“Heritage: Civilization and the Jews, “the nine one-hour series telecast locally by WNET, the New York area’s major public television station, drew for at least part of the series nationally an audience of Jews and non-Jews during its telecast last fall — an estimated 50 million viewers– that plans are being made to repeat the entire series on public television next fall, according to WNET president Jay Iselin.
He also said, at a recent press conference called to assess the impact of the series, that its success had prompted renewed and enhanced educational outreach efforts planned to continue well into the next decade. A WNET spokesperson told the Jewish Telegraphic Agency that the Heritage series was telecast on virtually all of the approximately 300 PBS stations.
Abba Eban, host, narrator, and chief editorial consultant for Heritage, said he was surprised at the size of the estimated audience. He added that Jews had never had such “a massive dialogue with the Gentile world.”
Iselin said the “astonishing figure ” of the size of the viewing audience stemmed not only from the “power of the series” but also from “the unprecedented educational and archival use of the series “since the premiere in October, 1984. He announced plans for “Phase Two “of a decade-long educational experience built around the planned 1985 rebroadcast.
WILL BE TELECAST IN BRITAIN AND ISRAEL
Iselin said WNET had reached agreements in Britain and Israel to show Heritage in those countries and was negotiating with telecast entities in other countries. He said Channel 4, which will distribute the series in Britain, is considering distribution of the Viewers Guide prepared by WNET.
Timothy Gunn, Heritage educational activities project director, described the scope of the Heritage outreach effort. He said teachers guides were distributed to every high school in the United States — two per school. He said 150 colleges nationwide — 25 percent in southern states — used the series as a TV study course.
Prager Books published two college – level texts: A narrative history study guide to accompany the TV series, and a reader with primary sources relating to the series.
Gunn also reported the American Library Association produced and distributed packets of material to 6,000 libraries, including discussion outlines, suggested book displays and a comprehensive bibliography.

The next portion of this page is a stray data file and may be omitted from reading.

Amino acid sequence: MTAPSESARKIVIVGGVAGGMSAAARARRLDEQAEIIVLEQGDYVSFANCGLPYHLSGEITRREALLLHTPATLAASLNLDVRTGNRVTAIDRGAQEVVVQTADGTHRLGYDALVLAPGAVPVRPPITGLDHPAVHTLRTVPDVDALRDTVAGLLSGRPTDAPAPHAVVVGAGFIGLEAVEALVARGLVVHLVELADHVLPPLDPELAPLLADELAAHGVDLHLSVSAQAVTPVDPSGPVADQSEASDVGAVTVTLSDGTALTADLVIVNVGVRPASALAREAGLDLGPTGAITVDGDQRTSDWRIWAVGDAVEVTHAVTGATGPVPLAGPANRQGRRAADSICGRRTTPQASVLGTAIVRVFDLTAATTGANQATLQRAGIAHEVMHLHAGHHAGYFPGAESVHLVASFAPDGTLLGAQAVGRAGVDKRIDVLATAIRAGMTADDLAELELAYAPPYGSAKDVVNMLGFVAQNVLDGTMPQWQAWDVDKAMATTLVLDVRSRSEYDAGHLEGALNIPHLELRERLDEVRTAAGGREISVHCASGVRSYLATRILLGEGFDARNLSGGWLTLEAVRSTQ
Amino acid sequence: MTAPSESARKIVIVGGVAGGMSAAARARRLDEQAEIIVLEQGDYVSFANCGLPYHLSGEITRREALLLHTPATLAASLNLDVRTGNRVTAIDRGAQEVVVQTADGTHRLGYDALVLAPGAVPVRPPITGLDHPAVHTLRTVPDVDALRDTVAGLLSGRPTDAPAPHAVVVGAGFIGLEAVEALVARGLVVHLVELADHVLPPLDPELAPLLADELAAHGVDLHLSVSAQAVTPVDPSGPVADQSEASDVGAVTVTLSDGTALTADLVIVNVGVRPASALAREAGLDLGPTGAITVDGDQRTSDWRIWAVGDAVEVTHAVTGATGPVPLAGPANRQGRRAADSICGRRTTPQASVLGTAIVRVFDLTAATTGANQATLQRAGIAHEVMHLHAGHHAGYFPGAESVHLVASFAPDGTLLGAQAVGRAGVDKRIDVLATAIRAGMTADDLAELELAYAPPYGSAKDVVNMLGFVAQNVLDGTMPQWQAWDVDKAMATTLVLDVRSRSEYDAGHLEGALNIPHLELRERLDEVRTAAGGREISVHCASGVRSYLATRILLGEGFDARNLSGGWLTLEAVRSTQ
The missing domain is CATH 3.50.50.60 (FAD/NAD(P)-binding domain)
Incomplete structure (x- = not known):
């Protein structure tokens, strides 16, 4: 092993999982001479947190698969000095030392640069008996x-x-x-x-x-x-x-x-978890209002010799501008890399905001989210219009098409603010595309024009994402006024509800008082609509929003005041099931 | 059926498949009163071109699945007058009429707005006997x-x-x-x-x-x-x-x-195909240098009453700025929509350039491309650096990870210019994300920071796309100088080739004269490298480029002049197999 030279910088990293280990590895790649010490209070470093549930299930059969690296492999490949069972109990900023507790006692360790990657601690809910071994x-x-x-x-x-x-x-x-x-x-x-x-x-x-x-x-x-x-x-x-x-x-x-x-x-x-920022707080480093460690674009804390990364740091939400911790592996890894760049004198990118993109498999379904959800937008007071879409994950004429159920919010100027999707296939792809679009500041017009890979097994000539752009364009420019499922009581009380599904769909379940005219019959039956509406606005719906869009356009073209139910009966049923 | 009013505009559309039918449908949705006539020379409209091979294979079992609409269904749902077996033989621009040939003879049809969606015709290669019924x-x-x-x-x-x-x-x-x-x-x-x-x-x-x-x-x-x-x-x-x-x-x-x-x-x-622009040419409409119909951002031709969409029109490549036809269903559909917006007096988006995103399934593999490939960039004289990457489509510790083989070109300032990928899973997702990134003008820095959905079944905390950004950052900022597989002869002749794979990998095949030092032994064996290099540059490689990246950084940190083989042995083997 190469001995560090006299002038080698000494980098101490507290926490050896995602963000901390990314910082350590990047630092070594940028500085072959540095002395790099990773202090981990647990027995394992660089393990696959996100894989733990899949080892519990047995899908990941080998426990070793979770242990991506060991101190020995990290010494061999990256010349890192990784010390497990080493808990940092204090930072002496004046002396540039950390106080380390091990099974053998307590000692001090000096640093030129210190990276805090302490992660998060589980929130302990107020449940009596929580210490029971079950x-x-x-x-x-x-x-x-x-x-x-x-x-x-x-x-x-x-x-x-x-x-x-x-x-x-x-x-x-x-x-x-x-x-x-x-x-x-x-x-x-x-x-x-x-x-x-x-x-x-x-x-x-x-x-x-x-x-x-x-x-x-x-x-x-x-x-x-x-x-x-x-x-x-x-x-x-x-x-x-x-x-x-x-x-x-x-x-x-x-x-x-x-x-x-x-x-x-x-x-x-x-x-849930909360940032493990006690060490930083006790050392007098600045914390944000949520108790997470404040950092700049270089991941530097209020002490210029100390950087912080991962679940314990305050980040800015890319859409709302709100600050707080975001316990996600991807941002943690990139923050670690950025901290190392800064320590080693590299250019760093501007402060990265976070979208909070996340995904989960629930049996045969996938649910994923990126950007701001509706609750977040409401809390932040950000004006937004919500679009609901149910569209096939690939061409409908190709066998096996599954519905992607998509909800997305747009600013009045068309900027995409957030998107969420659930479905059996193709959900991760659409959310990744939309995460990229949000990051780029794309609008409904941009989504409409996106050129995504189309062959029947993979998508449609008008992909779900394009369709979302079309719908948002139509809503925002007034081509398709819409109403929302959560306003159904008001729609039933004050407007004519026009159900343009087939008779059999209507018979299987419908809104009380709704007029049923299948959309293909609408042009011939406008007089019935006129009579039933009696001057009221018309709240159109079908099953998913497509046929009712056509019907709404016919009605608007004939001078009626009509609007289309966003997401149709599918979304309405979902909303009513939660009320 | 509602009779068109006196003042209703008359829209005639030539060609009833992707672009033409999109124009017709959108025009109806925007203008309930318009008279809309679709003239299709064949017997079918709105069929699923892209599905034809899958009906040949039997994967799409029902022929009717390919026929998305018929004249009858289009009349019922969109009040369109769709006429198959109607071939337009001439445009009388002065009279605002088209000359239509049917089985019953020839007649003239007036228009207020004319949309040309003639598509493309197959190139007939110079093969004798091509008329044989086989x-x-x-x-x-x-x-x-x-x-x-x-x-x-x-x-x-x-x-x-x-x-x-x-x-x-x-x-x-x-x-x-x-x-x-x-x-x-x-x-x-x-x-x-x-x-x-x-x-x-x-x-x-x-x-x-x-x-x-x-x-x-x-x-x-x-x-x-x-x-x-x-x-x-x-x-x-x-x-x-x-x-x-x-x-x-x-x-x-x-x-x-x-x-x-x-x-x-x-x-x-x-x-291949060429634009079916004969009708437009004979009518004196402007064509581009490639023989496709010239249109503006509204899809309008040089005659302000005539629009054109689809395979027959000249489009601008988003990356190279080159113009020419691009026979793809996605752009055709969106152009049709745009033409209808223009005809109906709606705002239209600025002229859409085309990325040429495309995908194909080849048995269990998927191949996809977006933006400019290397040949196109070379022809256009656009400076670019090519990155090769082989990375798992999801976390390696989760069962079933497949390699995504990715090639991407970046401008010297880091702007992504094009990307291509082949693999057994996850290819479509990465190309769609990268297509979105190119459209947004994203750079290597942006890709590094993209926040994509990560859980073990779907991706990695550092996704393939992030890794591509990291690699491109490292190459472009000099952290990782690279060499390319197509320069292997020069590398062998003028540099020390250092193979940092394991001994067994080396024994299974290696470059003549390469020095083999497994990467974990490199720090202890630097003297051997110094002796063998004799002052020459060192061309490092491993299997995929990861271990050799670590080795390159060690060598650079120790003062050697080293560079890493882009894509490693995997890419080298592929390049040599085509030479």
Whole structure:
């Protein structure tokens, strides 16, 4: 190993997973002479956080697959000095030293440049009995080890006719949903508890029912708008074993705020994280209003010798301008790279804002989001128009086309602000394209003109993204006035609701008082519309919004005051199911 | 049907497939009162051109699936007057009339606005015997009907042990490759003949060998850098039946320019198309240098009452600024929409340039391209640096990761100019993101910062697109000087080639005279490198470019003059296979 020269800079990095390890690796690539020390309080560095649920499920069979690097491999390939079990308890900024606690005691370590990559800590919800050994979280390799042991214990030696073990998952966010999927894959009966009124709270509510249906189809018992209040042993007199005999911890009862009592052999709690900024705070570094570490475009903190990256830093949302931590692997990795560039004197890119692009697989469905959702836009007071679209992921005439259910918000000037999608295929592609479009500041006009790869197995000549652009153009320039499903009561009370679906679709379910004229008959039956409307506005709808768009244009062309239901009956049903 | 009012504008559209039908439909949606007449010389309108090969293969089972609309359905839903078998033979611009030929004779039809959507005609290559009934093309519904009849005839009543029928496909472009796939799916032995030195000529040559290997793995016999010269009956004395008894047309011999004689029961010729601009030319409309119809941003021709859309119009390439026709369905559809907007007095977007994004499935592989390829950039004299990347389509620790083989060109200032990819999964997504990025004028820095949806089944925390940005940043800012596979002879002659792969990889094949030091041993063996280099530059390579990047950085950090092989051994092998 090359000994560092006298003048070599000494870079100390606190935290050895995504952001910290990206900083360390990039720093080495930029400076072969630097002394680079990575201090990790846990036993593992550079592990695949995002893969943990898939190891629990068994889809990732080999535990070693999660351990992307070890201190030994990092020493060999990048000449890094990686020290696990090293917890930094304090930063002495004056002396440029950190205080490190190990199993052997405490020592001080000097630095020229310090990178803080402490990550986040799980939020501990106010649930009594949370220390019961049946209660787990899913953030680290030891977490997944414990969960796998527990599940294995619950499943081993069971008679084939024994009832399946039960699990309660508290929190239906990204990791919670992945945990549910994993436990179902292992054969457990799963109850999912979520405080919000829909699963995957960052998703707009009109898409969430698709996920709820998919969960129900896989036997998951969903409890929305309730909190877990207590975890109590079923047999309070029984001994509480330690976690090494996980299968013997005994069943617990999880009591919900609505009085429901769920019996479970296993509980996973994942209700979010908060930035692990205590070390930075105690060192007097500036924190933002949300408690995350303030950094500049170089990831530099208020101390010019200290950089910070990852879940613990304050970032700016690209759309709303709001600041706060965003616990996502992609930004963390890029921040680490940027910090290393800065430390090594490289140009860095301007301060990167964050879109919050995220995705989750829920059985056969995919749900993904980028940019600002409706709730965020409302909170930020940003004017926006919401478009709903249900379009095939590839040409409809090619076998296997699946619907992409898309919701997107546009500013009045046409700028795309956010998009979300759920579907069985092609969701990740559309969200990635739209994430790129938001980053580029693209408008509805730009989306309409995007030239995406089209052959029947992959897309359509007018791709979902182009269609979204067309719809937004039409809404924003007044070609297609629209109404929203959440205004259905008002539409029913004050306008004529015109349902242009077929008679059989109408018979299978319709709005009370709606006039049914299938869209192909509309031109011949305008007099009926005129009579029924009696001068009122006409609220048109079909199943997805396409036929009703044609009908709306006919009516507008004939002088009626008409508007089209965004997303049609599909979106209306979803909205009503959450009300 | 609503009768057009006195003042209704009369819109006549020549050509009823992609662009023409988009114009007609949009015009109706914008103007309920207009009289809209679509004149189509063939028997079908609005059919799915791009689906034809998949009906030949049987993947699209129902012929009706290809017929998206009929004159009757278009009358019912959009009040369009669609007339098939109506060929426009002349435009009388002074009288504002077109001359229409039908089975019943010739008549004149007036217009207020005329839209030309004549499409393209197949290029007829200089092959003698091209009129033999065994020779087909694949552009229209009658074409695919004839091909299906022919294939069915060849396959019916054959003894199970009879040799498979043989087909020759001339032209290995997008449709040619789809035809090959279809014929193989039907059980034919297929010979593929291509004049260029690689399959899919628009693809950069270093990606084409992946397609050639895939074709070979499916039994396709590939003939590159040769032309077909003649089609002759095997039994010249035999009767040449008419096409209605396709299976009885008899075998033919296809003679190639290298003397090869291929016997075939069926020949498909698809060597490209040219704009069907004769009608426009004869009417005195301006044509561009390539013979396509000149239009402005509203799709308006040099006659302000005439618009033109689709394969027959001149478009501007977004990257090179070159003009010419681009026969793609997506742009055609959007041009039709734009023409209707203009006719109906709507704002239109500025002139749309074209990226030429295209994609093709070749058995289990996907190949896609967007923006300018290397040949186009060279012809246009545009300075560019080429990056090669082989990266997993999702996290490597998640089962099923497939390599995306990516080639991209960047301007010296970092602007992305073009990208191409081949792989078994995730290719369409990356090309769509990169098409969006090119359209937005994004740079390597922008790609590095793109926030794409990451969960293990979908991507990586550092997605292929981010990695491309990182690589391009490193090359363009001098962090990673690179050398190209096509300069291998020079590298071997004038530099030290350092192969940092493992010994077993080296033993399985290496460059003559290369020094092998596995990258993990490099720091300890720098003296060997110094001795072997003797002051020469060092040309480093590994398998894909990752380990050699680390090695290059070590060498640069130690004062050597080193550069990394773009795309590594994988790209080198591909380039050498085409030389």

WIDE DISTRIBUTION OF GUIDE
WNET printed 50,000 70-page, heavily-illustrated Viewers Guides which were distributed by Hadassah, the National Council of Churches, the National Conference of Christians and Jews, the United States Catholic Conference, and similar agencies. Gunn said the American Jewish Committee prepared an extensive interfaith guide.
Rabbi A. James Rudin, director of the AJCommittee’s interreligious affairs department, told the JTA its guide was a lavishly-illustrated 20-page booklet, 17,000 copies of which were distributed to churches, YWCAs, councils of churches and colleges and universities. Rudin also reported that his department arranged for meetings of Christian and Jewish leaders in 22 cities to discuss the AJCommittee guide, involving an estimated 2,200 top leaders of the two faiths. He said the guide had been prepared by Rabbi Alan Mittleman, the department’s program specialist, and Judith Banki, the department’s associate director.
OTHER RELATED ACTIVITIES CITED
A companion book was written by Eban which, as of the time of last month’s press conference, had been on The New York Times best seller list for eight weeks.
In New York City, Gunn said, the Board of Education held a conference for high school principals to prepare for classroom use of the series and the guides.
Gunn said the demand for the materials WNET had created, supplies of which had been exhausted , was testimony “to the readiness of individuals and groups of all faiths to engage in a serious and compelling learning experience.”
Iselin said WNET is also producing a completely new college publication, a Class Guide for use in humanities and social science courses.
Videocassettes of the series, as previously announced, were donated by WNET to the National Jewish Archives of Broadcasting of the Jewish Museum where they are planned for use both for archival purposes and as a basis for lecture series and continuing education courses.
Iselin added that “the most interesting result “was the interest and participation not only of the Jewish community “but the non-Jewish community as well.” He said the series had proved “there is an enormous public television audience for information that is well- produced and stories that are well told.”
The Archive of the Jewish Telegraphic Agency includes articles published from 1923 to 2008. Archive stories reflect the journalistic standards and practices of the time they were published.